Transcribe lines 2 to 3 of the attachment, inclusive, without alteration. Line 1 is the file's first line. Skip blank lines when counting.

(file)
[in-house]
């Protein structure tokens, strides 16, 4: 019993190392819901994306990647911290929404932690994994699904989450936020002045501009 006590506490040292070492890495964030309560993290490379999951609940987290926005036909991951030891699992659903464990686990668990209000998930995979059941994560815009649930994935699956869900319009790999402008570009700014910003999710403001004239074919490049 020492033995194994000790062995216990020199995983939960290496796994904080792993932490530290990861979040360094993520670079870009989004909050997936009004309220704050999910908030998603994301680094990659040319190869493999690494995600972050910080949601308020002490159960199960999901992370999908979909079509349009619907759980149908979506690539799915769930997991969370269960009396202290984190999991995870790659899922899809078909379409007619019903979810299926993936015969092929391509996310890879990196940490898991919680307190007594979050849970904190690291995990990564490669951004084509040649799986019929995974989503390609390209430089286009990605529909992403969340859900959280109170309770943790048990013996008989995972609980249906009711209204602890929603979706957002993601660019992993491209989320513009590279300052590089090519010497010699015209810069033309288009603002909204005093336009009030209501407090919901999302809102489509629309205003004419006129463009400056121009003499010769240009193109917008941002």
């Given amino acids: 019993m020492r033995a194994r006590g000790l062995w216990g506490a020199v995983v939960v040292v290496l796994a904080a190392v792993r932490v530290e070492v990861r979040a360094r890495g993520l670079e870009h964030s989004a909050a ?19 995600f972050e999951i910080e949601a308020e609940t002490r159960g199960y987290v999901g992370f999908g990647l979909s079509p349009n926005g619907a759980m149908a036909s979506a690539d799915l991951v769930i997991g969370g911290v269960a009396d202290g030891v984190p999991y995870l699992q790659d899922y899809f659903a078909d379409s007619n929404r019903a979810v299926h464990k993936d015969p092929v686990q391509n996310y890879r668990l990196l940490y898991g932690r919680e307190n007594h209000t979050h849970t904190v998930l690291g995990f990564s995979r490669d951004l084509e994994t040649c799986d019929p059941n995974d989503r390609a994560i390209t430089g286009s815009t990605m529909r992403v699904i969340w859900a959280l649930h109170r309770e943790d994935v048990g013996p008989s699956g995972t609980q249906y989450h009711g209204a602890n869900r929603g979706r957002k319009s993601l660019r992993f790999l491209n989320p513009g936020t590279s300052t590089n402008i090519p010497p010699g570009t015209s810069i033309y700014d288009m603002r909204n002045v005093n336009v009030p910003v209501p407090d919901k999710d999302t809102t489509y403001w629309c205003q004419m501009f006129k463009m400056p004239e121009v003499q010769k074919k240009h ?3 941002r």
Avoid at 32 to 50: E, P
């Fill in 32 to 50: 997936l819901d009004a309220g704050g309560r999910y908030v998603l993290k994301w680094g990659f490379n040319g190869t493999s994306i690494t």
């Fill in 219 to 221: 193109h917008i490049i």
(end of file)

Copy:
């Protein structure tokens, strides 16, 4: 019993190392819901994306990647911290929404932690994994699904989450936020002045501009 006590506490040292070492890495964030309560993290490379999951609940987290926005036909991951030891699992659903464990686990668990209000998930995979059941994560815009649930994935699956869900319009790999402008570009700014910003999710403001004239074919490049 020492033995194994000790062995216990020199995983939960290496796994904080792993932490530290990861979040360094993520670079870009989004909050997936009004309220704050999910908030998603994301680094990659040319190869493999690494995600972050910080949601308020002490159960199960999901992370999908979909079509349009619907759980149908979506690539799915769930997991969370269960009396202290984190999991995870790659899922899809078909379409007619019903979810299926993936015969092929391509996310890879990196940490898991919680307190007594979050849970904190690291995990990564490669951004084509040649799986019929995974989503390609390209430089286009990605529909992403969340859900959280109170309770943790048990013996008989995972609980249906009711209204602890929603979706957002993601660019992993491209989320513009590279300052590089090519010497010699015209810069033309288009603002909204005093336009009030209501407090919901999302809102489509629309205003004419006129463009400056121009003499010769240009193109917008941002």
């Given amino acids: 019993m020492r033995a194994r006590g000790l062995w216990g506490a020199v995983v939960v040292v290496l796994a904080a190392v792993r932490v530290e070492v990861r979040a360094r890495g993520l670079e870009h964030s989004a909050a ?19 995600f972050e999951i910080e949601a308020e609940t002490r159960g199960y987290v999901g992370f999908g990647l979909s079509p349009n926005g619907a759980m149908a036909s979506a690539d799915l991951v769930i997991g969370g911290v269960a009396d202290g030891v984190p999991y995870l699992q790659d899922y899809f659903a078909d379409s007619n929404r019903a979810v299926h464990k993936d015969p092929v686990q391509n996310y890879r668990l990196l940490y898991g932690r919680e307190n007594h209000t979050h849970t904190v998930l690291g995990f990564s995979r490669d951004l084509e994994t040649c799986d019929p059941n995974d989503r390609a994560i390209t430089g286009s815009t990605m529909r992403v699904i969340w859900a959280l649930h109170r309770e943790d994935v048990g013996p008989s699956g995972t609980q249906y989450h009711g209204a602890n869900r929603g979706r957002k319009s993601l660019r992993f790999l491209n989320p513009g936020t590279s300052t590089n402008i090519p010497p010699g570009t015209s810069i033309y700014d288009m603002r909204n002045v005093n336009v009030p910003v209501p407090d919901k999710d999302t809102t489509y403001w629309c205003q004419m501009f006129k463009m400056p004239e121009v003499q010769k074919k240009h ?3 941002r």